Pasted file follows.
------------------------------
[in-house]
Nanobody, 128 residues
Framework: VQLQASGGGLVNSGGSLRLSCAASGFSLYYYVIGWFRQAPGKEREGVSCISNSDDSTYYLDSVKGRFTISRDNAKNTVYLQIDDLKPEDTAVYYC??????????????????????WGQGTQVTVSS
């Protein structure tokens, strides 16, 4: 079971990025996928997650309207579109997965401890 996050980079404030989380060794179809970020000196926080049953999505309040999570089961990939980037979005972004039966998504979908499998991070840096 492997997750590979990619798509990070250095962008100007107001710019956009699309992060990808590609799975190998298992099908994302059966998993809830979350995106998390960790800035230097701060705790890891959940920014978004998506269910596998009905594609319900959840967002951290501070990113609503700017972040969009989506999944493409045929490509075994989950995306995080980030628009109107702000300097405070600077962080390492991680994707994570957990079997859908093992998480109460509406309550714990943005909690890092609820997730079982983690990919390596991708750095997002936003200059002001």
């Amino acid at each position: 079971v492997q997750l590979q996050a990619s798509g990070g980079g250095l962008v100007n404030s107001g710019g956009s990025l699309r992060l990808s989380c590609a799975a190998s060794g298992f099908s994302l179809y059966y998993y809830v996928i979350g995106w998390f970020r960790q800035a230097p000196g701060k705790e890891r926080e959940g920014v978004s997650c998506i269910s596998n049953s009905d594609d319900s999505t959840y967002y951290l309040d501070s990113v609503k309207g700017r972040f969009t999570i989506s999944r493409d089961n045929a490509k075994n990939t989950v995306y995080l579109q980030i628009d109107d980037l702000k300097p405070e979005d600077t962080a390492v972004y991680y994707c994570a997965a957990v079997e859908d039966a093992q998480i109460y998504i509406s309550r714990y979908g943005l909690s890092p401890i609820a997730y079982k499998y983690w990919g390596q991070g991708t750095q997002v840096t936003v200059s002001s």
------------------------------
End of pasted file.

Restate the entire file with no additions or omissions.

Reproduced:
[in-house]
Nanobody, 128 residues
Framework: VQLQASGGGLVNSGGSLRLSCAASGFSLYYYVIGWFRQAPGKEREGVSCISNSDDSTYYLDSVKGRFTISRDNAKNTVYLQIDDLKPEDTAVYYC??????????????????????WGQGTQVTVSS
């Protein structure tokens, strides 16, 4: 079971990025996928997650309207579109997965401890 996050980079404030989380060794179809970020000196926080049953999505309040999570089961990939980037979005972004039966998504979908499998991070840096 492997997750590979990619798509990070250095962008100007107001710019956009699309992060990808590609799975190998298992099908994302059966998993809830979350995106998390960790800035230097701060705790890891959940920014978004998506269910596998009905594609319900959840967002951290501070990113609503700017972040969009989506999944493409045929490509075994989950995306995080980030628009109107702000300097405070600077962080390492991680994707994570957990079997859908093992998480109460509406309550714990943005909690890092609820997730079982983690990919390596991708750095997002936003200059002001």
């Amino acid at each position: 079971v492997q997750l590979q996050a990619s798509g990070g980079g250095l962008v100007n404030s107001g710019g956009s990025l699309r992060l990808s989380c590609a799975a190998s060794g298992f099908s994302l179809y059966y998993y809830v996928i979350g995106w998390f970020r960790q800035a230097p000196g701060k705790e890891r926080e959940g920014v978004s997650c998506i269910s596998n049953s009905d594609d319900s999505t959840y967002y951290l309040d501070s990113v609503k309207g700017r972040f969009t999570i989506s999944r493409d089961n045929a490509k075994n990939t989950v995306y995080l579109q980030i628009d109107d980037l702000k300097p405070e979005d600077t962080a390492v972004y991680y994707c994570a997965a957990v079997e859908d039966a093992q998480i109460y998504i509406s309550r714990y979908g943005l909690s890092p401890i609820a997730y079982k499998y983690w990919g390596q991070g991708t750095q997002v840096t936003v200059s002001s």